I finally picked up one of those Moleskine notebooks this weekend, after looking for one locally for a few weeks, and finally running into a stash at a Barnes and Noble. I don’t know why I’ve regressed to the point where I think the right paper and the right pen will make the right words come out or something. I went through this in like ’94 when I was first trying to get started writing, where I thought an expensive fountain pen or a cool little booklet would make the words come faster or something. I’ve since learned that a Mead 3-subject spiral and a Bic pen stolen from work will do the job just the same. If anything, they’re cheaper and you don’t have to worry about the fact that most “journal” journals have margins and bindings and fucked-up lining that means you’ll burn through $20 of fancy-pants journal in the time it takes to fill a third of a college rule 8.5×11.
But I bought one anyway, thinking it would be a good place for the occasional piece of paragraph, since I’m currently using mini-legal pads and post-its and a lot of other shit. It’s not as easy to carry a spiral and write on it in the train. It works well if you get a seat, but writing a note or two when standing is a bitch. And since the days of depressingly writing for pages at two in the morning when alone in bed seem to have passed, I feel a need to make up for the words in other spaces in the day. And as far as Moleskine is concerned, it’s the nicest little journal I’ve seen. There’s some back-story about how Celine and Hemingway and Van Gogh used the same notebooks. I’ve since read that the history is bullshit, and the company basically started making the books like five years ago, but it’s the same kind of little book you’d expect Kerouac or Burroughs to be slinging around in a front pocket, so it has a certain appeal there.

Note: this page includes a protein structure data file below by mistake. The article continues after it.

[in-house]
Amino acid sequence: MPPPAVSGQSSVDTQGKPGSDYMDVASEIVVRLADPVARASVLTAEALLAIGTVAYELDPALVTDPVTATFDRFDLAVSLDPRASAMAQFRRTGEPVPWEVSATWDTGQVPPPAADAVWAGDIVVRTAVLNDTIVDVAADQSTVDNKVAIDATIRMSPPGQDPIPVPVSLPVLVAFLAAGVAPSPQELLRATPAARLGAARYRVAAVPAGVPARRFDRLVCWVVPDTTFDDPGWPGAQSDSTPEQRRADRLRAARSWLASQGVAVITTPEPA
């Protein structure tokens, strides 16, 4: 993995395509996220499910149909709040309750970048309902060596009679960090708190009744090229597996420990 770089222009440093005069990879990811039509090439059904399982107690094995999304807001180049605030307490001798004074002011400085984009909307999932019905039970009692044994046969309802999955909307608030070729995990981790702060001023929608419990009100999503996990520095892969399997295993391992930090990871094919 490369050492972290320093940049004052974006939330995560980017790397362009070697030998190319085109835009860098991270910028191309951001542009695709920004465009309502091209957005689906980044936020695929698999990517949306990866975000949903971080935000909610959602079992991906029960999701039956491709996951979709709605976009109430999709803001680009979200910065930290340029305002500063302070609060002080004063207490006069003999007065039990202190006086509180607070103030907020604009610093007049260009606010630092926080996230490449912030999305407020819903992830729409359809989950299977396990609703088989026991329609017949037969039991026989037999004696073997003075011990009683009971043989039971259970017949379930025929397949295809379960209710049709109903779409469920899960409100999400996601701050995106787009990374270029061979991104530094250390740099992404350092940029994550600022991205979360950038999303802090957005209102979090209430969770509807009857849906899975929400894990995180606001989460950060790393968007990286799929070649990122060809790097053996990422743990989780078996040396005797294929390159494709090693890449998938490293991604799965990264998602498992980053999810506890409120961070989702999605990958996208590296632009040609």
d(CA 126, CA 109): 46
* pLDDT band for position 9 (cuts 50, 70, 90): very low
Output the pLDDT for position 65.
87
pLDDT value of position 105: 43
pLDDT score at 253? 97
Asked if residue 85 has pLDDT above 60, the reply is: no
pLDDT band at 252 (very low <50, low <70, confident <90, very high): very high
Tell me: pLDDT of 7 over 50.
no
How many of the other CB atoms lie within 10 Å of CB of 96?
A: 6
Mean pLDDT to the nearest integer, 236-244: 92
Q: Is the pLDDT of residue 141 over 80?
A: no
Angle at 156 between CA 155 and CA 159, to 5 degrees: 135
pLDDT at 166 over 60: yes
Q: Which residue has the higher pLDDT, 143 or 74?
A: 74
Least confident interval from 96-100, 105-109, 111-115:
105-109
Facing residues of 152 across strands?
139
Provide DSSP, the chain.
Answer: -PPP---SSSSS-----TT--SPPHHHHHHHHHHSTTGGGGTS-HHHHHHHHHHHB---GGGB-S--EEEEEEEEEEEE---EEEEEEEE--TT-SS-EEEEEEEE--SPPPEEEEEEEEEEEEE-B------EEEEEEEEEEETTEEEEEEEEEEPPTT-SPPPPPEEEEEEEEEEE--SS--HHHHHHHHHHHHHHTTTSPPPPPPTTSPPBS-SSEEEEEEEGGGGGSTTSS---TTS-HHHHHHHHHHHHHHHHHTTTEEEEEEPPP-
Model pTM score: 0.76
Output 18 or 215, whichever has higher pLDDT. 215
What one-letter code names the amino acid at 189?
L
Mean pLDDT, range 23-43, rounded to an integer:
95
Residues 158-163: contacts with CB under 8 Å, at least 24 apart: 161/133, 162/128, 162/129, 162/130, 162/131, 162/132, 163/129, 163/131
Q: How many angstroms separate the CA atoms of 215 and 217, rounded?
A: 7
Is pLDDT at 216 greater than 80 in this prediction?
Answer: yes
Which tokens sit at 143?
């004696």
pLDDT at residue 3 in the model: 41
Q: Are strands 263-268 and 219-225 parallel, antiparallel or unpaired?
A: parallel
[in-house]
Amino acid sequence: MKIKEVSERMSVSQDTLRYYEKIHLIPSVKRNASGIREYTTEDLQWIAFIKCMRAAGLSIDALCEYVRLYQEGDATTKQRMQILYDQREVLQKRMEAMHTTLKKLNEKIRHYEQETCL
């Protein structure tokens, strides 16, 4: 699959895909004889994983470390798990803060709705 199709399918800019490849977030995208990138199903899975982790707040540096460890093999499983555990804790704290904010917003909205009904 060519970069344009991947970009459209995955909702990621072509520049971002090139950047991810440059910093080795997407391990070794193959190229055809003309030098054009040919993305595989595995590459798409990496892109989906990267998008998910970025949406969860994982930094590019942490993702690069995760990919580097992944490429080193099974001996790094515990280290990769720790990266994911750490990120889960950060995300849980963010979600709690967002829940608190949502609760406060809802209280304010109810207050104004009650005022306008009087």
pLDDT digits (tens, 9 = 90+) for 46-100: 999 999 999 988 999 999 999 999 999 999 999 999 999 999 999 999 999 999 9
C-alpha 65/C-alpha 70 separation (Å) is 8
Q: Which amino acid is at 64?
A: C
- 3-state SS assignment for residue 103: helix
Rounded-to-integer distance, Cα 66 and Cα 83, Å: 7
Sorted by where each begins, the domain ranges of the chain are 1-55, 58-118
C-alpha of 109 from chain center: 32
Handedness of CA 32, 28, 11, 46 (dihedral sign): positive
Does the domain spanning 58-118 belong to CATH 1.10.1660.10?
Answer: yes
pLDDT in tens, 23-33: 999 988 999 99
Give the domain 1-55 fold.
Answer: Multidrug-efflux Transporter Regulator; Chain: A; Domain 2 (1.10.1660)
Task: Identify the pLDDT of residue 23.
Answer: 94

I haven’t been able to do much writing lately, because it’s too god damned hot to even think, let alone think of plot and characters and textures and everything else. I’m still sitting on 104,000+ words of nostalgia that covers my time in Bloomington, but I can’t get nostalgic enough to really start carving that shit up to get it from good to great. I thought about posting a story or ten here, and maybe I will, but first I need to keep cleaning.
I was listening to Guns N’ Roses – Appetite For Destruction – on the way home from work today. I don’t know why, although I’m pretty sick of all 20 Gigs I have on my iPod and I’m too lazy to go buy some more new albums and rip them, because I don’t even know what I’d buy, let alone where I’d store them if I bought them. And that made me think about how strange it was that back then, I listened to this album like every day for about six months, and pretty much memorized it, and I did that with a lot of albums, and now, I can barely find an album I want to listen to all the way through twice. I wonder if music was better then, or if it was some kind of chemical-hormone thing in my brain that made me more receptive to music, or what.
I remember hearing about GnR during the summer of ’88, when I was in the Catskills. My dad’s girlfriend had a couple of nephews that were vacationing there at the same time as us, who were these typical Italian Long Island types, not total all-out guidos, but very machismo and partied a lot and everything. And once or twice, they talked about getting buzzed and staying up late and listening to Guns N’ Roses, but they weren’t like metalheads or anything; most of the time they listened to club dance music or whatever. So I assumed that GnR was some kind of stupid Poison/Bon Jovi bullshit, and went back to my Megadeth or whatever.